October 3, 2022
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Santa Maria jail may be in Paso

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A North Santa Barbara County jail planned for Santa Maria and additional correctional facilities proposed in Paso Robles would have a significant impact on more than just the inmates that would be housed there.

Santa Barbara County hopes the new Santa Maria jail could relieve regional inmate overcrowding and introduce new jobs, construction capital and the opportunity for shorter commutes.

But the plans are reliant on Paso Robles’ decision to allow a 500-bed “re-entry” facility within its boundaries, a choice the city is reluctant to make in haste.

In July, the Santa Barbara County Sheriff’s department announced its acquisition of a 50-acre parcel of land in Santa Maria, intended as a site for the new 300-bed north county jail facility.

The jail was to be funded in part by a $56.3 million grant awarded through Assembly Bill 900 funds, designated for state prison construction and rehabilitation.

To secure the capital, the county must support a re-entry facility, a separated secure building intended to house inmates in their final months of incarceration and prepare them for their return to society.

In recent weeks, the county ran into a road block when it was informed that its proposed regional re-entry facility must be run by the state instead of the county – a condition the county has not agreed to.

In an effort to retain the funds, Santa Barbara C*ounty has begun discussions to partner with the counties of San Luis Obispo and San Benito for a re-entry facility in Paso Robles.
The commitment would ensure that Santa Barbara County still qualifies for the $56 million state capital to build the Santa Maria jail.

On Sept. 2, the Santa Barbara County Board of Supervisors voted unanimously to support the planned re-entry location in Paso Robles, stipulating that the facility shall house 250 inmates from Santa Barbara County, 200 from San Luis Obispo County and 50 from San Benito County.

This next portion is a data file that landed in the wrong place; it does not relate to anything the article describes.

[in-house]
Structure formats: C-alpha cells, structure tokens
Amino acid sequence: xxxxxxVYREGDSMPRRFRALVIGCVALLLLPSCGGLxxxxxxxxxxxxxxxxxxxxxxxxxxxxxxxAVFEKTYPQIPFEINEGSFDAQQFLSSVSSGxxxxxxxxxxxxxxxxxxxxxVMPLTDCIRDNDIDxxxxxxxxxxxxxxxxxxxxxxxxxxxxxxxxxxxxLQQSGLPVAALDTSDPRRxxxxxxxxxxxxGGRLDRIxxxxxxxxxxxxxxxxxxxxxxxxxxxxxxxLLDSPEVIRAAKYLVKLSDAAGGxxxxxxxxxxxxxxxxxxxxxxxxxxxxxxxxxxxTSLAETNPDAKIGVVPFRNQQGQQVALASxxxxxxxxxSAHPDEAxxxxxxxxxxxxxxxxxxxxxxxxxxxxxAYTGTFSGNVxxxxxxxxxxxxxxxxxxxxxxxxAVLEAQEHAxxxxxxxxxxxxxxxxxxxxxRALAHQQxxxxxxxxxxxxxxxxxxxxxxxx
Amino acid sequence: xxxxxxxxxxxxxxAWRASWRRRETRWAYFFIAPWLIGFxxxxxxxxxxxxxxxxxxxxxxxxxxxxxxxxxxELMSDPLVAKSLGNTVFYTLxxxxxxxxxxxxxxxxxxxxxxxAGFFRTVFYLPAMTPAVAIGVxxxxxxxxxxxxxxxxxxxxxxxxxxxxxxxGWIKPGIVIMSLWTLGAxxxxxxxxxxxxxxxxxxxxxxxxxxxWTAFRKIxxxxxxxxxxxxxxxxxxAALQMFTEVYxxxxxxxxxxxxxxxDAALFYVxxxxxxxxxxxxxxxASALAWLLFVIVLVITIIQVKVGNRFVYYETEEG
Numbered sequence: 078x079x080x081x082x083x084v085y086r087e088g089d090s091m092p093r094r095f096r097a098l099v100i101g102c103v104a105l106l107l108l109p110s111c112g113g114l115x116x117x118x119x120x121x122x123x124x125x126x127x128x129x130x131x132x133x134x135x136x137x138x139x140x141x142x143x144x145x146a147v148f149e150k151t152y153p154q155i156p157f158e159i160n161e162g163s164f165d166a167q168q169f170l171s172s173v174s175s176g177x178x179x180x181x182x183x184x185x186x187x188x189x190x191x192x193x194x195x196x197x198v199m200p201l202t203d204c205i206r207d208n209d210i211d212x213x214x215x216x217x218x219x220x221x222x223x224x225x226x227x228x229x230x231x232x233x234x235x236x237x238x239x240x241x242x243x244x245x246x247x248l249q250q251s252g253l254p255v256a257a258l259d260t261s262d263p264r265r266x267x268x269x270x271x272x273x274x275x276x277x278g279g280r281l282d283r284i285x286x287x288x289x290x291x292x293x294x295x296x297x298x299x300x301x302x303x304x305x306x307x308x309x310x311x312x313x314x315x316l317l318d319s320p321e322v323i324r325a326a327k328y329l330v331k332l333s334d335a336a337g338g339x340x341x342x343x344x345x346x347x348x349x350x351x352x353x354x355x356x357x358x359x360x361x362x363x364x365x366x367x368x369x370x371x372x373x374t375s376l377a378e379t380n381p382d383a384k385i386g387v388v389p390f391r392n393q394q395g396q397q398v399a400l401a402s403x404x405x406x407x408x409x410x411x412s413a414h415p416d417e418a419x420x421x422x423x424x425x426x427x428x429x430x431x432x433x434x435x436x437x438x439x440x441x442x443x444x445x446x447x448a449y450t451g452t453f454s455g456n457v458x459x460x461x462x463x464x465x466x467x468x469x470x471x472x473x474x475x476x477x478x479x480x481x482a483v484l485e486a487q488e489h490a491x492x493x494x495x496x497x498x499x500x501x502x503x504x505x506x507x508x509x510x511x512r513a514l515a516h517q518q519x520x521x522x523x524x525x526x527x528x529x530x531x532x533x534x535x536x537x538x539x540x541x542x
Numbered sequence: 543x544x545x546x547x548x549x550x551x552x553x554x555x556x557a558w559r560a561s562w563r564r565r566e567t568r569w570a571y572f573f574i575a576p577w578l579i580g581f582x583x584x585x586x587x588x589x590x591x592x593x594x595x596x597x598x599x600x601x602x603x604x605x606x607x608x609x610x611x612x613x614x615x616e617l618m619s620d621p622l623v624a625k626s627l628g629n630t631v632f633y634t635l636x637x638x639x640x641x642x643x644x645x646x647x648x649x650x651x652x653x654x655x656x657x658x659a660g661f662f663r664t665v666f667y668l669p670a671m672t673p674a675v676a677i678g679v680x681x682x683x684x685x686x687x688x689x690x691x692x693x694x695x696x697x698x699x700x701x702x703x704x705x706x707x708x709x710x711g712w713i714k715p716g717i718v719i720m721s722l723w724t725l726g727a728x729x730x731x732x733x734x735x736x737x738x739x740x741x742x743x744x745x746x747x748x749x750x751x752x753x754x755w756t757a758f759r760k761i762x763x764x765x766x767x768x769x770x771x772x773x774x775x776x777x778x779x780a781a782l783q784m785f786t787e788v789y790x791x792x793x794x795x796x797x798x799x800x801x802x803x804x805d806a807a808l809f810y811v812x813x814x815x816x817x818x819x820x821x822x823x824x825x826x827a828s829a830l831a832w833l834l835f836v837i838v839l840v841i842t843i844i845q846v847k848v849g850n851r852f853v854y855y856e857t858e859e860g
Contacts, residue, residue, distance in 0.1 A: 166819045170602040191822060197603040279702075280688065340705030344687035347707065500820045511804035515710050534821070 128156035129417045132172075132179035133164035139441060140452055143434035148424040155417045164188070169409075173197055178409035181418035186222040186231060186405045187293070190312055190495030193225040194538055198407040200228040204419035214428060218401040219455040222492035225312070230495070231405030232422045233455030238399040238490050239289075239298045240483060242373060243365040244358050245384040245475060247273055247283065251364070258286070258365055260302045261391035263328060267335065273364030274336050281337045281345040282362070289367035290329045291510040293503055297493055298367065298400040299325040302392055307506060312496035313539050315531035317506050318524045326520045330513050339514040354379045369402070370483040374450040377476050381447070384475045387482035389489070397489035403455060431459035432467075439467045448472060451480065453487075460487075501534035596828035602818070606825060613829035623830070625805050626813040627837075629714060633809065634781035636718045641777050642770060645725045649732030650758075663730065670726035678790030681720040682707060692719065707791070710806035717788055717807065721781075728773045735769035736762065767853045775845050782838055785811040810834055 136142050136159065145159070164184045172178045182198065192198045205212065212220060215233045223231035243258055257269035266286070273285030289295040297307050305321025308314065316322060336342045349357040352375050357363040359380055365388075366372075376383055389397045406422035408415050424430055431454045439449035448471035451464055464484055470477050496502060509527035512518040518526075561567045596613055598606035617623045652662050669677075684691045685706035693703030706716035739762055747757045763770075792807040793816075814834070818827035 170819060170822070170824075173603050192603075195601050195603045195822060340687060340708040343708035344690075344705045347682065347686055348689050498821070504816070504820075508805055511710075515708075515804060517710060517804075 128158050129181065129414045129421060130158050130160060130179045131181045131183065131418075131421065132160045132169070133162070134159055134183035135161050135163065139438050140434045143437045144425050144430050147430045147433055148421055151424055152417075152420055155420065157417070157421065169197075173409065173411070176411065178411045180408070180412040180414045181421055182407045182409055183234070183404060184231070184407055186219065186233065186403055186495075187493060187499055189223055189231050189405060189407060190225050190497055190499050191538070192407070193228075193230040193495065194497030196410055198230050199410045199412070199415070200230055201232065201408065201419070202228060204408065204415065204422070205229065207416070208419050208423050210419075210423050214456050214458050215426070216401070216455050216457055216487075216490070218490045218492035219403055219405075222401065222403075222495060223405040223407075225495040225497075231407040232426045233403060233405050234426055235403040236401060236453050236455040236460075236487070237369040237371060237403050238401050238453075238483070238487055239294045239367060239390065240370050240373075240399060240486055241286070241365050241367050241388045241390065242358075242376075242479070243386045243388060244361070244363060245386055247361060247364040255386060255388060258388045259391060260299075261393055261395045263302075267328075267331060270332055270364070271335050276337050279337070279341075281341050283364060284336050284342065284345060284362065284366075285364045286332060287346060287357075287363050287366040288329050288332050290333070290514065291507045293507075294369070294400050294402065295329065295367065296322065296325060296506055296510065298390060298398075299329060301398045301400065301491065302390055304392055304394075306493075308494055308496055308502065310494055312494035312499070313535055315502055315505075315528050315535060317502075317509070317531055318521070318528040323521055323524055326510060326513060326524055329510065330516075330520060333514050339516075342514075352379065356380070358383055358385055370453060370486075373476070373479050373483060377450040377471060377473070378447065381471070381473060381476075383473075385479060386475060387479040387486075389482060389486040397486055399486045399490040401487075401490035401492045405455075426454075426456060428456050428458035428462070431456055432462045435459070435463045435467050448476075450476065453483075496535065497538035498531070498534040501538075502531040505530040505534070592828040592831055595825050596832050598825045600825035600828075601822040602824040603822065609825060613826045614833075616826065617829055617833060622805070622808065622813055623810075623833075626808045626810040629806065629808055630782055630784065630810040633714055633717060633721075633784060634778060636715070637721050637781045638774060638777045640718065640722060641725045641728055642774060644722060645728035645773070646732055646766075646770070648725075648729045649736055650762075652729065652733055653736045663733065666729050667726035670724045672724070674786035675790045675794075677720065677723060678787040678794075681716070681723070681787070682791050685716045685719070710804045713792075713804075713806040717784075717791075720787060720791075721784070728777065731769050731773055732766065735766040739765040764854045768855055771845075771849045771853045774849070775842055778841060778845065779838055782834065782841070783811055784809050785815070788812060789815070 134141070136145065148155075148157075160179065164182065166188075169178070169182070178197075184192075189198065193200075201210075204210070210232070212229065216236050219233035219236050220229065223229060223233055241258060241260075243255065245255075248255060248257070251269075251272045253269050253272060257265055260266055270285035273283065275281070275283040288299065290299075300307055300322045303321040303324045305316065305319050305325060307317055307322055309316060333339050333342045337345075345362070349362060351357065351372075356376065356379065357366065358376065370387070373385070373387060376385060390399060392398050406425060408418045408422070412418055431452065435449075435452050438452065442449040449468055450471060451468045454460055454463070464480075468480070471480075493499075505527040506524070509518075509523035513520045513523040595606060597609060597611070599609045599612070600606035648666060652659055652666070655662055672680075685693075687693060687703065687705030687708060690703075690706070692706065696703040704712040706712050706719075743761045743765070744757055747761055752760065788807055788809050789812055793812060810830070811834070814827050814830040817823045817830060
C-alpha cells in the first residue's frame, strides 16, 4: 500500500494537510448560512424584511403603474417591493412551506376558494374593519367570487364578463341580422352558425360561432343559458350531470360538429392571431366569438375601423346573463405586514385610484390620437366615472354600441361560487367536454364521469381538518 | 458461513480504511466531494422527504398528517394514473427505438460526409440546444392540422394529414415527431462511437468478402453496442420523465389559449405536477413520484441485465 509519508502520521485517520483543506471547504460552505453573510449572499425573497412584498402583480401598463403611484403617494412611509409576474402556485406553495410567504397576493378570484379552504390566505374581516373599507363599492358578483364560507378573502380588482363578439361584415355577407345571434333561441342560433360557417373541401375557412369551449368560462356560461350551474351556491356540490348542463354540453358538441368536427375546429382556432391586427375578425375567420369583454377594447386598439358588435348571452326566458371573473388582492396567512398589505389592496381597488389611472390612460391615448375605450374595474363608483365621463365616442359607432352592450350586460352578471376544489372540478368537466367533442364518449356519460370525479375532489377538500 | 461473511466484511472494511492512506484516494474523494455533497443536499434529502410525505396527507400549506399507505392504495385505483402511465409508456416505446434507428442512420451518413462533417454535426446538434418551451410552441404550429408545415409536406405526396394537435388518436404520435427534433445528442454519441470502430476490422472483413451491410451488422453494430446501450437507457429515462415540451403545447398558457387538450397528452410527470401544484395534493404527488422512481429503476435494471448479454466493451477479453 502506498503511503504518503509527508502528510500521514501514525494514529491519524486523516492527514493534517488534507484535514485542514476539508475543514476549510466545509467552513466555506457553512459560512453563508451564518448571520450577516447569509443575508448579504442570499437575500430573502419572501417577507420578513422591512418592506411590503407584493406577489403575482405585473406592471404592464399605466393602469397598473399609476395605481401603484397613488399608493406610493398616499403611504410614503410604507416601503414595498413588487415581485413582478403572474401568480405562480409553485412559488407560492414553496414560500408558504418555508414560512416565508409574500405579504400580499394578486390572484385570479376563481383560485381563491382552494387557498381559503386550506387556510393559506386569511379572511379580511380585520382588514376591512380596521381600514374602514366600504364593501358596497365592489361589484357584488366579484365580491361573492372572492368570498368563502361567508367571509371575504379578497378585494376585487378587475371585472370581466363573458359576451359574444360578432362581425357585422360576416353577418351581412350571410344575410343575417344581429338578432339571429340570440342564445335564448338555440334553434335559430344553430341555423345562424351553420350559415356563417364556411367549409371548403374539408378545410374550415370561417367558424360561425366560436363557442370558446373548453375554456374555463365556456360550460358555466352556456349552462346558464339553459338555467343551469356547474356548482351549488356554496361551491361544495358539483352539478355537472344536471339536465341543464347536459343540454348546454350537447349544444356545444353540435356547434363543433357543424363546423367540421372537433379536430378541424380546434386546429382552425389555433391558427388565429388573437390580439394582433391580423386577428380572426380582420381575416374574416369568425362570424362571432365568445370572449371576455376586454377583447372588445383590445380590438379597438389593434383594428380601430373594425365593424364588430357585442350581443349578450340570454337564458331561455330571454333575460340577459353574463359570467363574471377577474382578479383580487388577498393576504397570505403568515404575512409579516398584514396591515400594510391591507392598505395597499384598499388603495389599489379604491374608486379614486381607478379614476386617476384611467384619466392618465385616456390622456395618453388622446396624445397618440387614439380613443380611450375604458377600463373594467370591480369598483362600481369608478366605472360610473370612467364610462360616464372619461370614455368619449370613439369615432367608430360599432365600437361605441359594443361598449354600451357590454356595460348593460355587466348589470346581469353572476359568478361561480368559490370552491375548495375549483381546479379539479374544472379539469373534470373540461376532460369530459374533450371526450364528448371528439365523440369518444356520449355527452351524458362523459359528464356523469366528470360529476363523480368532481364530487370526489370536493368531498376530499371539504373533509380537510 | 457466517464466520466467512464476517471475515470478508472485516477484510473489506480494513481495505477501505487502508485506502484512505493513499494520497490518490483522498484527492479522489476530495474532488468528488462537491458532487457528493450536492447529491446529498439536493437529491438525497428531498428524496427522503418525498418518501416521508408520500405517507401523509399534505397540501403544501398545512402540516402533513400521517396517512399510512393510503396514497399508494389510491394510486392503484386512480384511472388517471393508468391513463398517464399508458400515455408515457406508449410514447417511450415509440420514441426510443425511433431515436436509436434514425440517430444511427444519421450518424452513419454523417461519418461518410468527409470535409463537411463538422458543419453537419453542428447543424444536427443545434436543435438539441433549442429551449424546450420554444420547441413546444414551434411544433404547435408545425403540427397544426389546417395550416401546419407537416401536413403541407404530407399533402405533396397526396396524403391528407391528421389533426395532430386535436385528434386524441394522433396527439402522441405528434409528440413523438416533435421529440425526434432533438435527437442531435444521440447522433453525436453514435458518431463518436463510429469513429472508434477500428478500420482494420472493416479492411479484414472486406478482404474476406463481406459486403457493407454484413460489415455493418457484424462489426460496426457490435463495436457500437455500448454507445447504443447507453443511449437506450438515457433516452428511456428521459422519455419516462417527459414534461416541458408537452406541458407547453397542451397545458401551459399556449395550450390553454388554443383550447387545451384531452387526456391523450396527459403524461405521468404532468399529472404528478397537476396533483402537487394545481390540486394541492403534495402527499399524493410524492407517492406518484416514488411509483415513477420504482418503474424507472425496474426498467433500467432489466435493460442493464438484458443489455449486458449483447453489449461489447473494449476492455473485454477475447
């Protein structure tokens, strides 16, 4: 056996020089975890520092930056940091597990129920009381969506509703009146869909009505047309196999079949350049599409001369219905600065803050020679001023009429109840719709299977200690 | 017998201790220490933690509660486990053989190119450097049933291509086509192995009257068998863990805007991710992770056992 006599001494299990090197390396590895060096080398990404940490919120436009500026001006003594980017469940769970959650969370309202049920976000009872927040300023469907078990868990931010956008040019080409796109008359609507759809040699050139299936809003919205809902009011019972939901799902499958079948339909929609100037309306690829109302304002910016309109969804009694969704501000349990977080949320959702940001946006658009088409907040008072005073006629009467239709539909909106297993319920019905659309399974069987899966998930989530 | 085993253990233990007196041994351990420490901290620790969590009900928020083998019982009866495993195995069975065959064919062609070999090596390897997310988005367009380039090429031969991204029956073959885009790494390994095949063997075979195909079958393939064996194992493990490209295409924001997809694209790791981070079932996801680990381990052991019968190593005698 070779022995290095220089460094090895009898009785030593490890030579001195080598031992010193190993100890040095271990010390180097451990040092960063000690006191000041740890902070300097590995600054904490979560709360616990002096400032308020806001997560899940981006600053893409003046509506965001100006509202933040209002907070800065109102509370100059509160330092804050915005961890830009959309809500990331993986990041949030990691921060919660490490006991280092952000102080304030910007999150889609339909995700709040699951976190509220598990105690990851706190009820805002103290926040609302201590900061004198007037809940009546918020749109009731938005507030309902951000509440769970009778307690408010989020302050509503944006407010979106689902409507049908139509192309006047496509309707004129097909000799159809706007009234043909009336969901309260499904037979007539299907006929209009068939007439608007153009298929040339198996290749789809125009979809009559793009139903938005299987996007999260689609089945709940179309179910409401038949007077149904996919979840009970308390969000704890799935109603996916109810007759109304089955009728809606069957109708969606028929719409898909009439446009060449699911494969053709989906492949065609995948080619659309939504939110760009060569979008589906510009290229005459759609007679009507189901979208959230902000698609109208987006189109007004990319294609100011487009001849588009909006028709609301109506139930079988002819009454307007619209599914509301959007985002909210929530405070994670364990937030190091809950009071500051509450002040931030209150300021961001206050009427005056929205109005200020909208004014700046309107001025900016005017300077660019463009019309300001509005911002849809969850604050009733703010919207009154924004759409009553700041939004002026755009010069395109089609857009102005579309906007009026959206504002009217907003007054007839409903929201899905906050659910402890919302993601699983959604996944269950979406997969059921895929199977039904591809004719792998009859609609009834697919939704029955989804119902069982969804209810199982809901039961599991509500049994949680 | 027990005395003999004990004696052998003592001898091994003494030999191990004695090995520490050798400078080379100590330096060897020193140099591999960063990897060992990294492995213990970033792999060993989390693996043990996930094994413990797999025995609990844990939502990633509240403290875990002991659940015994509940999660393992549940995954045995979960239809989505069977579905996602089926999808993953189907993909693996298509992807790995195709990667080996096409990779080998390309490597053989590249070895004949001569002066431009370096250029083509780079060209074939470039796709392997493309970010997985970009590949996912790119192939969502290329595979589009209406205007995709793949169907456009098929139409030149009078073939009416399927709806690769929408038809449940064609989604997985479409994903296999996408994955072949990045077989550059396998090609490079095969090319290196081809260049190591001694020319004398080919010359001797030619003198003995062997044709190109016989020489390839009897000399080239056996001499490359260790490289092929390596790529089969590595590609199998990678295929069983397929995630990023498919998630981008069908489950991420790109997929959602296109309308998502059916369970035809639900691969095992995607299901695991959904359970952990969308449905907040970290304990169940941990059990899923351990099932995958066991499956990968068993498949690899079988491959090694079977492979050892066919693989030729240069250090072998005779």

The board also agreed that the county would be responsible for transporting its inmates back to the area after they are released.

The proposed re-entry site must be submitted to the California Department of Corrections and Rehabilitation by Sept. 13.
But the city of Paso Robles isn’t ready to make a commitment on such short notice.

“There are a whole lot of things that still need to be vetted and the city is going through the process to air all the community’s concerns and get those questions and answers out there … Santa Barbara County has come into this late in the game and is up against deadlines to be able to qualify for some funding so that is a concern, but we can’t allow that concern to drive this process for the city of Paso Robles,” said Paso Robles Police Chief Lisa Solomon.

While Solomon said the re-entry facility would likely create jobs, good salaries and construction work, it has also raised concerns about its impact to the public safety, aesthetics and environment of the city.

In response to a state prison overcrowding problem, the state is also considering adding a 1,000-bed prison facility to Paso Robles, in the place of its former youth correctional facility and adjacent to the proposed re-entry facility.

Solomon said the city’s approval is not required for the prison, but will be necessary to move forward with the re-entry facility.

She said the city expects the state prison to move forward.
While Solomon said the new prison would be “an economic shot in the arm” for Paso Robles, she added the businesses and residences that have developed around the prison site make it a “less optimal” location for any new correctional facilities.

Solomon said some tax revenue would go to the city for each inmate at the state prison, but she was unsure how the money would be disbursed between the city and the county of San Luis Obispo.

The Santa Maria facility would replace a 30-bed jail already in that city. Inmates in that jail are held for a maximum of 96 hours before they are transported to the Santa Barbara County Jail in the city of Santa Barbara. Because of overcrowding, inmates in the Santa Maria jail are often released early.

“Right now we are being forced to release convicted criminals anywhere from two to three weeks prior to completion of their sentence,” said Santa Barbara County Sheriff’s Department Cmdr. Tom Jenkins. “It undermines the quality of sanctions the court puts on people committing crimes; improving those sanctions is a benefit to the public and the business community.”

Jenkins said the jail project would provide about $80 million in capital construction near Santa Maria, as well as create at least 100 permanent jobs at the facility.

“I’m sure that will also result indirectly in some additional jobs around the facility,” Jenkins said. “A lot of local residents commute to Santa Barbara to work and this will provide jobs near their homes rather than having to commute.”
Paso Robles representatives are expected to make a decision regarding the re-entry facility Sept. 16.